When you flick through magazines and find heavily-edited bodies staring back at you, it can be difficult to accept your body’s differences as beautiful.
Hairless, scarless, mark-less - all beauty standards women are told they need to aspire to. Yet 21-year-old artist Cinta Tort Cartró wants to challenge this view.
The artist and feminist, from Barcelona, Spain, uses her work to protest “male-dominated culture” and educate her community.
More recently, she has been painting women’s perceived ‘flaws’ in rainbow colours to draw attention to their beauty.
“There are many types of bodies, just as there are many types of stretch marks,” the artist wrote in the caption for the photo above. “And in this, in diversity, there is wealth.”
She continued: “All bodies have stains, hairs, freckles, stretch marks, curves, lines, wounds, wrinkles... and all are equally valid.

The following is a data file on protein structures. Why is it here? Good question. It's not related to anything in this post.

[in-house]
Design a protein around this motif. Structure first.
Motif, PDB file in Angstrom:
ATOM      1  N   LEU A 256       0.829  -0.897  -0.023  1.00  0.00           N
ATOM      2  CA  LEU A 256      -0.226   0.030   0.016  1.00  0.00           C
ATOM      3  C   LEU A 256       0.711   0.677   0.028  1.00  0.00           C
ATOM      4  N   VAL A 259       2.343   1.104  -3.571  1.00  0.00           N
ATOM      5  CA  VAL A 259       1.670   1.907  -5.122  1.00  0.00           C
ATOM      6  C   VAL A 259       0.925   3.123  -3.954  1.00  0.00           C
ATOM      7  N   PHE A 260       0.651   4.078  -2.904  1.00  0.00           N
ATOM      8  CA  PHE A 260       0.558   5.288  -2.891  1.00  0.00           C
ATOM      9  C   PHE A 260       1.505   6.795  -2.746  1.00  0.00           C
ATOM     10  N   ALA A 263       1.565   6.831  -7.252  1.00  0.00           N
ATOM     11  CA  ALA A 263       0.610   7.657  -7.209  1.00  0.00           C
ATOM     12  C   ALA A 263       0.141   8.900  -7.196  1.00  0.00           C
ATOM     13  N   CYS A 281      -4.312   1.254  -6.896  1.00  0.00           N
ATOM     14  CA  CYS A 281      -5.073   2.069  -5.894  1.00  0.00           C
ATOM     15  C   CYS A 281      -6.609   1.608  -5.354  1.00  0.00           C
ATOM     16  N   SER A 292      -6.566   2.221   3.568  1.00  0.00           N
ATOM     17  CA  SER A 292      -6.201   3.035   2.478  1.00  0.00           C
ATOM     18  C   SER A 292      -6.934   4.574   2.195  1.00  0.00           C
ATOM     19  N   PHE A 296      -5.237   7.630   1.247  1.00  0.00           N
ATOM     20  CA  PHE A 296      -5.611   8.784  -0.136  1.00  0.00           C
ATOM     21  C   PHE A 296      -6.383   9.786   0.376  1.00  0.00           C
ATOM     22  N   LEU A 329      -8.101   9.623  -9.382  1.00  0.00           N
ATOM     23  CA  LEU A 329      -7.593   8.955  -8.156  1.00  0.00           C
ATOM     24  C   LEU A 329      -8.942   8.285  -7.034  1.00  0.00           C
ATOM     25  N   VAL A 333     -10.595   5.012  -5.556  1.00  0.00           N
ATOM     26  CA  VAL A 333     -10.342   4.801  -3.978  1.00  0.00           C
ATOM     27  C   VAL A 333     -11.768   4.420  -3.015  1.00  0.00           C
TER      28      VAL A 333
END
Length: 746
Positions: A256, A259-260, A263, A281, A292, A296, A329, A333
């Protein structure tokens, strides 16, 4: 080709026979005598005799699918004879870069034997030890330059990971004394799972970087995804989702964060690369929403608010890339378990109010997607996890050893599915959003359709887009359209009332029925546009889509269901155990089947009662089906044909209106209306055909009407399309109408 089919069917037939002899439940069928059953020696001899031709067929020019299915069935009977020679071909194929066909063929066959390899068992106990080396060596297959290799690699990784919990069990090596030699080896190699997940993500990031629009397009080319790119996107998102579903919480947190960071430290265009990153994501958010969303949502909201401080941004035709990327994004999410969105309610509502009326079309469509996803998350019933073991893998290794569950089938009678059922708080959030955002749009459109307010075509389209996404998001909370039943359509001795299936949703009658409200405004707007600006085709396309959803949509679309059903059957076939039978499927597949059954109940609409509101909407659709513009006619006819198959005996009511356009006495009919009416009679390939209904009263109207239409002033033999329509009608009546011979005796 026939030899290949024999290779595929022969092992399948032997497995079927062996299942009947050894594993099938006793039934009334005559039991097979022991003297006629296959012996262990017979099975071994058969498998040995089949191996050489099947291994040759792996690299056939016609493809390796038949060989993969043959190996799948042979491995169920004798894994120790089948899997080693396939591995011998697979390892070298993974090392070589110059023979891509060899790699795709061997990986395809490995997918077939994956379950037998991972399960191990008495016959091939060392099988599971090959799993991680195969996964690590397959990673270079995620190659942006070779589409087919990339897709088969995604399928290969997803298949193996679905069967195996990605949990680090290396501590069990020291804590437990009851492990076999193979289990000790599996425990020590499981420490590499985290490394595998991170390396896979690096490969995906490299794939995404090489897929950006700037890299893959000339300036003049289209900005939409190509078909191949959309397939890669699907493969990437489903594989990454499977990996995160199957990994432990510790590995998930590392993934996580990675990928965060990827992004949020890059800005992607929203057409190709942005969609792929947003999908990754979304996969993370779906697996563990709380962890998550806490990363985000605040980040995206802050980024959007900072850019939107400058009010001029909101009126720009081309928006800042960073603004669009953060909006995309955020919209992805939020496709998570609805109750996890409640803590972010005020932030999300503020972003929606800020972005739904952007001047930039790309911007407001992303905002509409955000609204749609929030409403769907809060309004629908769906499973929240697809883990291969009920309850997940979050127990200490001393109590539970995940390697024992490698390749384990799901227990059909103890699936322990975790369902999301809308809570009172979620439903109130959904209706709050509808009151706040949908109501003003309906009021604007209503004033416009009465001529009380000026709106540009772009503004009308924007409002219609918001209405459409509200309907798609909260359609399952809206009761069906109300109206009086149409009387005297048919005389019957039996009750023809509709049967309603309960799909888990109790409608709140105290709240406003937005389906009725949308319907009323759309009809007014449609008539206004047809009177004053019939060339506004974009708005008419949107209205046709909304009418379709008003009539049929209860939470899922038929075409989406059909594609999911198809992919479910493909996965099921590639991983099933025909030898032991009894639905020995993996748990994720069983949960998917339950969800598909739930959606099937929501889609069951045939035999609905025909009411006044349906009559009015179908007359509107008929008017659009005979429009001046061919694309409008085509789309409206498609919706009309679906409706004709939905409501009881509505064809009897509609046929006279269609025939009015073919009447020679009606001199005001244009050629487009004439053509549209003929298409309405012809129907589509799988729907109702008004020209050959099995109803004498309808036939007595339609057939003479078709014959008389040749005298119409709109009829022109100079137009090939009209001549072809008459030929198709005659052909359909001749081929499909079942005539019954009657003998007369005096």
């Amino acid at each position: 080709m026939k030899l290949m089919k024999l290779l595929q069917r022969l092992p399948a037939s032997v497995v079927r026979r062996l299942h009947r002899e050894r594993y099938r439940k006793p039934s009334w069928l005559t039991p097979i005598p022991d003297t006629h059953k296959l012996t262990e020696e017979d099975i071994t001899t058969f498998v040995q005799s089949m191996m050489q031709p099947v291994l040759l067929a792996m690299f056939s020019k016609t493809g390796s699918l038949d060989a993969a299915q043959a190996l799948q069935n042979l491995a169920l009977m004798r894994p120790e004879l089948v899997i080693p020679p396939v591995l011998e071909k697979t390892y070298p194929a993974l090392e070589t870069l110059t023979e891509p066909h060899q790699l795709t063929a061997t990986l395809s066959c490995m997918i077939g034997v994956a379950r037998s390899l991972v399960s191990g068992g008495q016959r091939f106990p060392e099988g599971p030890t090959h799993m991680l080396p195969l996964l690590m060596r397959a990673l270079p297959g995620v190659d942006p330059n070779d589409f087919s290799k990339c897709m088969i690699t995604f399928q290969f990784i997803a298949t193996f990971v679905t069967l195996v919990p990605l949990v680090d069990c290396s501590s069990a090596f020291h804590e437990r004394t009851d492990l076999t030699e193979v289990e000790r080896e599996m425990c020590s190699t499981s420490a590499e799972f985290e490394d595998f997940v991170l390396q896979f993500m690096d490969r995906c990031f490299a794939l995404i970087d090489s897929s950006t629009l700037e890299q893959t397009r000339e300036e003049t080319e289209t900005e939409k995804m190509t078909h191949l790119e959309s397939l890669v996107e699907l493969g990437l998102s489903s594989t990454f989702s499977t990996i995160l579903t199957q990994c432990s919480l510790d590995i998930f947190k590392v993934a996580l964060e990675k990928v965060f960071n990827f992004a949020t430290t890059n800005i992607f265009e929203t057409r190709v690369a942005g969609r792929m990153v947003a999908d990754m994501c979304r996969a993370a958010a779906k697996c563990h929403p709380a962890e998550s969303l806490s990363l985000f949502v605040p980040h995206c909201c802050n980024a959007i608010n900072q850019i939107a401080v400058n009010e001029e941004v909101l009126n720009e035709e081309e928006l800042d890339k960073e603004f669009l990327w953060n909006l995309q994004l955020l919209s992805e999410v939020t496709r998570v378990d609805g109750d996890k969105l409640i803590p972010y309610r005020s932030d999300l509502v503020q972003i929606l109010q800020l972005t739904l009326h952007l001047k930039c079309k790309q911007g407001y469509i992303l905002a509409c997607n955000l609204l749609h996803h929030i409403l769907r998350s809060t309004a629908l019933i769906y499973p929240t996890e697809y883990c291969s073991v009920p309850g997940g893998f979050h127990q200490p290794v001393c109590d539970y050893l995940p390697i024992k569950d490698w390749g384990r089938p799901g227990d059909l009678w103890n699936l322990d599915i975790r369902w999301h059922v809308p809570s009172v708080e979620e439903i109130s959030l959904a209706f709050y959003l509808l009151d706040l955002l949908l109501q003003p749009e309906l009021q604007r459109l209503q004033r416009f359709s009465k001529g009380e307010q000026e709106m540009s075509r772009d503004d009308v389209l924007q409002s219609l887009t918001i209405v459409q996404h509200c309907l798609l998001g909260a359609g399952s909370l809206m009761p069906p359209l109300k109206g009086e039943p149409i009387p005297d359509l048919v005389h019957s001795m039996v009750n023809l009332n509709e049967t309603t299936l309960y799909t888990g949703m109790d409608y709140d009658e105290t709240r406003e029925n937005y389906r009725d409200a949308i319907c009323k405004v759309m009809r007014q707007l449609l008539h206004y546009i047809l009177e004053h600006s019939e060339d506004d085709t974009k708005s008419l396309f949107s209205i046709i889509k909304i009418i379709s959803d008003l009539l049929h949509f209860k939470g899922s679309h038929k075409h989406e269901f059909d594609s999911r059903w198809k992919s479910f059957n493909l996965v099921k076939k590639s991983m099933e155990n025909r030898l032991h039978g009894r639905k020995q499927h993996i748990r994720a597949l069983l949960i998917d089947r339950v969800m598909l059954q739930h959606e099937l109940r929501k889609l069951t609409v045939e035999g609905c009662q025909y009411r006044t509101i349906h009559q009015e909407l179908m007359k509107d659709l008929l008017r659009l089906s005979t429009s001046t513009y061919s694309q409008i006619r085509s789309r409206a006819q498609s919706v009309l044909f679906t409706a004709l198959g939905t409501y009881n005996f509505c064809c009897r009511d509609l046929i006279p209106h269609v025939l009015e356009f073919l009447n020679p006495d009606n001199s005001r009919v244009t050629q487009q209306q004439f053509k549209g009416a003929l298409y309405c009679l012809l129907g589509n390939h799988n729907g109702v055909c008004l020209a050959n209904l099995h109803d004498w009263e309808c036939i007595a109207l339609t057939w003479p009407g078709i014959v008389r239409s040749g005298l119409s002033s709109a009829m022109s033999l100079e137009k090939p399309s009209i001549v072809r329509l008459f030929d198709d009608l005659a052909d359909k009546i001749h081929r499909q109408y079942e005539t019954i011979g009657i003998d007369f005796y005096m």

“It is time for us to begin to love ours because, after all, this is our tool of communication with the world. And if we do not like the tool we use for it, we can hardly feel free.”
Cartró’s art is inspired by her own journey to love her body. She said she spent years hating her stretch marks and finding ways to cover them, but then something changed.
“I realised that if I did not accept them, I was not accepting myself,” she explained on Instagram.
“Stretch marks are part of our essence, our moments, our lives, our stories and us.
“They are so beautiful that I do not know how sometimes they get us to hate them.”
Cartró also uses paint and glitter to depict menstruation - in the form of colourful period stains on women’s underwear and down their legs.
She uses the hashtag #manchoynomedoyasco, translated as ‘I stain and I do not disgust’, as part of a larger movement among artists to tackle period taboos.
She’s also shared photos of women’s breasts covered in flowers, inspired by the #FreeTheNipple moment.